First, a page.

The possessor is effective at:

  • pulling the ball slowly backwards with the robot
  • holding the ball in contact while pivoting about the ball to aim
  • holding the ball in contact while driving sideways to bring the ball into the kicking zone. This kicking zone is a generous 15 inches wide.

What the possessor is ineffective at:

  • driving forward. With the possessor driving inwards and driving the robot forwards, the possessor generally sucks the ball under the robot.
What happens if we ramp it up to where it used to swallow the balls, and then pulse the roller instead of running it continuously? Can we balance the counter-tractions?--Siri 12:16, 22 May 2010 (UTC)
  • also nervous, jerky and overly aggressive drivers will lose the ball. Finesse is needed.


Paul & Clem McKown

Worked on erratic wheel steering behavior. Also, Paul practiced driving and shooting, in the process qualifying as a competition Driver.

It is clear that under either of the two conditions, that we have problems with steering motors:

  1. If robot battery voltage under load drops too low, below about 10 V.
  2. If we run the robot too long, the steering motors get hot and thermal trip.

However, it is also clear that at times pivots cease steering at good battery voltage and with cool steering motors. When this occurs,

  • the Classmate indicates that it knows that the wheel is out of position versus setpoint;
  • the Jaguar indicates that it is sending out full power;
  • 12 V is measured across the Jaguar output terminals with a voltmeter;
  • yet the motor does not turn, nor does it get hot; and
  • "rebooting" the robot corrects the problem.

Tres bizarre. I am mystified. Any enlightenment would be most welcome.


Paul & Clem McKown (Paul in charge)

Autonomous development night. We ran 34 autonomous tests, varying robot speed, possessor speed and direction, and IR-kicker trigger voltage.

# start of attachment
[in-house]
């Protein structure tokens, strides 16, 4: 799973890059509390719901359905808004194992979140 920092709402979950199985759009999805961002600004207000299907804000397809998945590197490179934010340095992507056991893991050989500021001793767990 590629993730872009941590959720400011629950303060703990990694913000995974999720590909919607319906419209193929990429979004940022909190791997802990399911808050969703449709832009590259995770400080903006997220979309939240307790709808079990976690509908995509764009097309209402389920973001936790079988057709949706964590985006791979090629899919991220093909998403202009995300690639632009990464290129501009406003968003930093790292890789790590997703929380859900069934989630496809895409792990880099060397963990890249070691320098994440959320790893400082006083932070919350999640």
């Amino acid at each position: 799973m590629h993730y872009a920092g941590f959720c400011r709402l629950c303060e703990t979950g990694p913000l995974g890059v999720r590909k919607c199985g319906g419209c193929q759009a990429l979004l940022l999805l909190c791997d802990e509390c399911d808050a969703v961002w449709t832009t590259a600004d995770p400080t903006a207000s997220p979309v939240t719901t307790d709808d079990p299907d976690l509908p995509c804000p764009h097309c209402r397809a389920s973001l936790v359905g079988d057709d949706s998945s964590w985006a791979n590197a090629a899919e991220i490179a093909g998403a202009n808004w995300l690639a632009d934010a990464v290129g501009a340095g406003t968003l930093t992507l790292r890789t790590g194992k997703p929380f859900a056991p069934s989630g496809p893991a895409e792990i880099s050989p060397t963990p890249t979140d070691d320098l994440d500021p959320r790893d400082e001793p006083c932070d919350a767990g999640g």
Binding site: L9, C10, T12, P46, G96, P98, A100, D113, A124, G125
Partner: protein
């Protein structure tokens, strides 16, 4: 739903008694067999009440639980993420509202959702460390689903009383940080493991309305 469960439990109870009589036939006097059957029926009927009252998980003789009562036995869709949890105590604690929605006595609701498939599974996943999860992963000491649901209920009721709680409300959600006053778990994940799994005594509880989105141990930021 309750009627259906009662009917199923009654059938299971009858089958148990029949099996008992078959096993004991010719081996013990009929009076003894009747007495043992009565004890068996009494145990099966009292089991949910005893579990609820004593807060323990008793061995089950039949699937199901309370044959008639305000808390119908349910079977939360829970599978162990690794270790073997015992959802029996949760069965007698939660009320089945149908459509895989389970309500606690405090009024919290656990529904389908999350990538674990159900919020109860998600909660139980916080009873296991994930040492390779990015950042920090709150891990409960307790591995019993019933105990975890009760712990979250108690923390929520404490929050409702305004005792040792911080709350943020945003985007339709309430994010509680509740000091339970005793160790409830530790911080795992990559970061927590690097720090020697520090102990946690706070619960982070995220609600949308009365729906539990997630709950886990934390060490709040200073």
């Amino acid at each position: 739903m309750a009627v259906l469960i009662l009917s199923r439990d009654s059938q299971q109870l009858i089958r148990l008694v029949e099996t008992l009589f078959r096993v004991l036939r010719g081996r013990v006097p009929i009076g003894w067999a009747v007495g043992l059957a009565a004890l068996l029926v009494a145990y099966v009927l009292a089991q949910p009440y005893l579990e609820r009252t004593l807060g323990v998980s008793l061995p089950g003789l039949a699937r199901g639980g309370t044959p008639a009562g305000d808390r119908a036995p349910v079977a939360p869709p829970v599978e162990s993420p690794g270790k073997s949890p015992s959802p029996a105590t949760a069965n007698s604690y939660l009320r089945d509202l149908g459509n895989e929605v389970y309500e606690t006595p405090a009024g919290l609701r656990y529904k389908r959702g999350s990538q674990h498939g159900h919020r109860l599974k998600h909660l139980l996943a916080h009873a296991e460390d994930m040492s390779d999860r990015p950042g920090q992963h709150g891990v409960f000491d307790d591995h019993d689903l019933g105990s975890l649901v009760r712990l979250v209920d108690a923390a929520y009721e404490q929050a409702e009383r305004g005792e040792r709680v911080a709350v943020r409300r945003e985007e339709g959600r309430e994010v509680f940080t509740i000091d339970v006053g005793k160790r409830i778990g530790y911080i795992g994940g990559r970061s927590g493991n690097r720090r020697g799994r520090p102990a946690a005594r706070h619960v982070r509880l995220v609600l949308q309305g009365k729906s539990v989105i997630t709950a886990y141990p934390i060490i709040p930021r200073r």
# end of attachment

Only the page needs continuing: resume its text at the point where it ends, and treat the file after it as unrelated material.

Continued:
We also ran some tests without downloading permanent code. Operation with temporary code was strongly correlated with "happy wheels" behavior. It is understood that this is different than Finger Lakes "happy wheels", despite similar symptoms.

Best kicking performance was achieved with the possessor off. Worst with possessor reversed (where the ball is pushed away from the robot and a weak kick or no connection result). When the possessor is on, we tend to pull balls under the chassis. This either supresses kicking or results in a weak kick.

The IR trigger is very unreliable. We've tuned to to be generally too sensitive. The alternative seems to be not sensitive enough. We definitely do not have this sensor thing right yet!


Paul, Sasha, Nichole, Andrew, Jen, Carly, Mike Rizzo, Gary Deaver, Rita Wall, Faith & Clem McKown

Mike Rizzo & Gary Deaver prototyped a hinged, low possessor roller. Good idea, but no joy.

Mirror concept expanded upon (changed from short below-bumper concept to taller, spring-loaded, top-of-robot concept based on obvious reality). The system design is assigned to Andrew & Sasha (Clem McKown to play role of mentor only). Carly agrees that such a mirror could be very useful in competition.

Severely worn possessor drive polycords were replaced with spares (spares were not replaced).

Some autonomous concepts were articulated:

  • Pre-align wheels and set kicker to armed via tether prior to setting the robot on the field. Remove these steps from the start of autonomous.
  • Turn off steering control during (at least the early portion of) autonomous period (allowing possibility of a side-move at the latter part to clear path for alliance scoring). Thought is that in absence of steering control, the robot is more likely to continue on a straight forward path. Currently, the steering control is in-effect (steering straight ahead).
  • In order to avoid interfering with alliance scoring, we should target the middle column of ball positions for mid-field or near-field autonomous. Our drive-train provides us with a unique opportunity in this regard, as the drive direction and kicker orientation are independent. For mid-field, the wheels should be pre-offset 22° CW (looking from above). For near-field, this needs to be 50° CW (again, from above). All wheels should be run at the same angle and speed (this is crab drive, afterall). This (excellent) idea is from Jon Davis.